Photo by Perry McIntyre/ISIphotos.com
By FRANCO PANIZO
NATAL, Brazil — Two nights ago, John Brooks had a dream that he would score a late game-winning goal.
That dream became a reality on Monday night.
Brooks scored a dramatic, 86th-minute winner to give the U.S. Men’s National Team a 2-1 victory over Ghana in their Group G opener on Monday night. Like in his dream, the 6-foot-4 centerback nodded home a corner kick and it could not have come at a much better time.
The Americans allowed an early lead to slip away four minutes earlier at Arena das Dunas, Andre Ayew punishing the U.S. back line with an authoritative finish at the near post. In that moment, the U.S. looked more like a team that would need to hang on for dear life to at least secure a point than one that could go on to win and grab all three.
It was the latter scenario that ultimately played out thanks to the the 21-year-old defender reliving his recent dream, making for a memorable and special World Cup moment for both the player and the rest of the U.S.
“It’s a great moment for me,” said Brooks, who scored in the 88th minute in his dream. “It’s unbelievable.”
Brooks being on the field at that point in the match came as a result of starting centerback Matt Besler suffering hamstring tightness in his right leg late in the first half. U.S. head coach Jurgen Klinsmann said after the match that he went with Brooks over fellow central defender Omar Gonzalez because Brooks has been playing in training as the back-up left centerback and Gonzalez as the back-up right centerback.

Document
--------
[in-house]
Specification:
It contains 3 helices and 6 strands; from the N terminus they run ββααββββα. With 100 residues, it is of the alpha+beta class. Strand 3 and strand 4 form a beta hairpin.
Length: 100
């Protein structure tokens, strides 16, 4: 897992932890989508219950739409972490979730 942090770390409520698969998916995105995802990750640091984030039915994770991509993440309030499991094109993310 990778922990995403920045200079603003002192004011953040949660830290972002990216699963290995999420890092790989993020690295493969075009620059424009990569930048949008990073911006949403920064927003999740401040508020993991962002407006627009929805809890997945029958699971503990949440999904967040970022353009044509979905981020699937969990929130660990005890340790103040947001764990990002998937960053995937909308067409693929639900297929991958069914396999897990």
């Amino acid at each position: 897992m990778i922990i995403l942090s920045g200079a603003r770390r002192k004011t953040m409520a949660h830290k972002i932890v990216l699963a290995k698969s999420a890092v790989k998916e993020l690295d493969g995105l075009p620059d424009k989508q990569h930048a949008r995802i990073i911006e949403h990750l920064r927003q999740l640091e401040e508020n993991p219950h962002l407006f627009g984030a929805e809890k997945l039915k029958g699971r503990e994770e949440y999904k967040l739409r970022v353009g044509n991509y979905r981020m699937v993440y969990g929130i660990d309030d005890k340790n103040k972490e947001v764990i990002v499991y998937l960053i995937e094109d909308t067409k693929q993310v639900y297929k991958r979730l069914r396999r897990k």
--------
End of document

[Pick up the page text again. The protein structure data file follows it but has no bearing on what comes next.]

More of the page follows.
With admitted nerves running through the young German-American, Brooks endured an initial rough moment in the 45-minute cameo that cap-tied him to U.S. But he settled in defensively and was key in the Americans’ ability to hold off a Ghana side that bossed possession until late.
His performance will be remembered for the goal that came off a Graham Zusi corner kick, but Brooks’ overall showing also demonstrated why Klinsmann brought him into the U.S.’s World Cup roster over the likes of veterans like Oguchi Onyewu and Clarence Goodson.
“With John, we saw very early that his passing is amazing,” said Klinsmann. “He’s very calm for his age. Obviously, he’s strong in the air because he’s so tall, he has the confidence and he barely plays down so he strives. Positionally, he’s often trying to get in front of his strikers.
“This is what we read. Now we have to figure out if he’s ready for such a big thing like a World Cup already or maybe does it take him now a year or two in his development. We had the feeling – and I talk many times to his coach at his club and his sporting director there – that he’s ready for this.”
So ready that he did not let the pressure of playing in a World Cup prevent him from scoring his first international goal, which he celebrated – barely – by running aimlessly before crumbling to the ground due to being overcome with emotion.
It was a dream come true.
“It was a great moment,” said Brooks. “Couldn’t be better.”